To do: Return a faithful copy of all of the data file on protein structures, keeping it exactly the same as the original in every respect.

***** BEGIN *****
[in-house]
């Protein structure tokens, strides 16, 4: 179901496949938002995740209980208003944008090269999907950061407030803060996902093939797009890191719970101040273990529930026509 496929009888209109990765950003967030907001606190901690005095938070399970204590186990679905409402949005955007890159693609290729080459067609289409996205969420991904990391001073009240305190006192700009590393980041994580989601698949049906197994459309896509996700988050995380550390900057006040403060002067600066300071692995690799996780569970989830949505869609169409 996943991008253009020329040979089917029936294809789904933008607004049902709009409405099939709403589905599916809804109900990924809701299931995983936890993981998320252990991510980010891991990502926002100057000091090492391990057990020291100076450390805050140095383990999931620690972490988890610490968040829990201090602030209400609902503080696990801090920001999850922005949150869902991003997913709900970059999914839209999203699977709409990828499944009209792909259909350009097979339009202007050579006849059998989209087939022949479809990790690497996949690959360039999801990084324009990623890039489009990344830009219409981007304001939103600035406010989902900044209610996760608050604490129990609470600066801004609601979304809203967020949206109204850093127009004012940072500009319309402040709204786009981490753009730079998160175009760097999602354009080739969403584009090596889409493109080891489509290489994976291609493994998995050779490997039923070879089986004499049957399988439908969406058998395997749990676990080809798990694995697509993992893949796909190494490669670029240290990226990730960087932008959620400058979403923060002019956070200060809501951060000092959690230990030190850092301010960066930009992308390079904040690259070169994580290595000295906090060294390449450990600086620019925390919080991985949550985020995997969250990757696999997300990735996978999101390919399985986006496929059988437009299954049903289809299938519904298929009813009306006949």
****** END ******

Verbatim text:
[in-house]
């Protein structure tokens, strides 16, 4: 179901496949938002995740209980208003944008090269999907950061407030803060996902093939797009890191719970101040273990529930026509 496929009888209109990765950003967030907001606190901690005095938070399970204590186990679905409402949005955007890159693609290729080459067609289409996205969420991904990391001073009240305190006192700009590393980041994580989601698949049906197994459309896509996700988050995380550390900057006040403060002067600066300071692995690799996780569970989830949505869609169409 996943991008253009020329040979089917029936294809789904933008607004049902709009409405099939709403589905599916809804109900990924809701299931995983936890993981998320252990991510980010891991990502926002100057000091090492391990057990020291100076450390805050140095383990999931620690972490988890610490968040829990201090602030209400609902503080696990801090920001999850922005949150869902991003997913709900970059999914839209999203699977709409990828499944009209792909259909350009097979339009202007050579006849059998989209087939022949479809990790690497996949690959360039999801990084324009990623890039489009990344830009219409981007304001939103600035406010989902900044209610996760608050604490129990609470600066801004609601979304809203967020949206109204850093127009004012940072500009319309402040709204786009981490753009730079998160175009760097999602354009080739969403584009090596889409493109080891489509290489994976291609493994998995050779490997039923070879089986004499049957399988439908969406058998395997749990676990080809798990694995697509993992893949796909190494490669670029240290990226990730960087932008959620400058979403923060002019956070200060809501951060000092959690230990030190850092301010960066930009992308390079904040690259070169994580290595000295906090060294390449450990600086620019925390919080991985949550985020995997969250990757696999997300990735996978999101390919399985986006496929059988437009299954049903289809299938519904298929009813009306006949």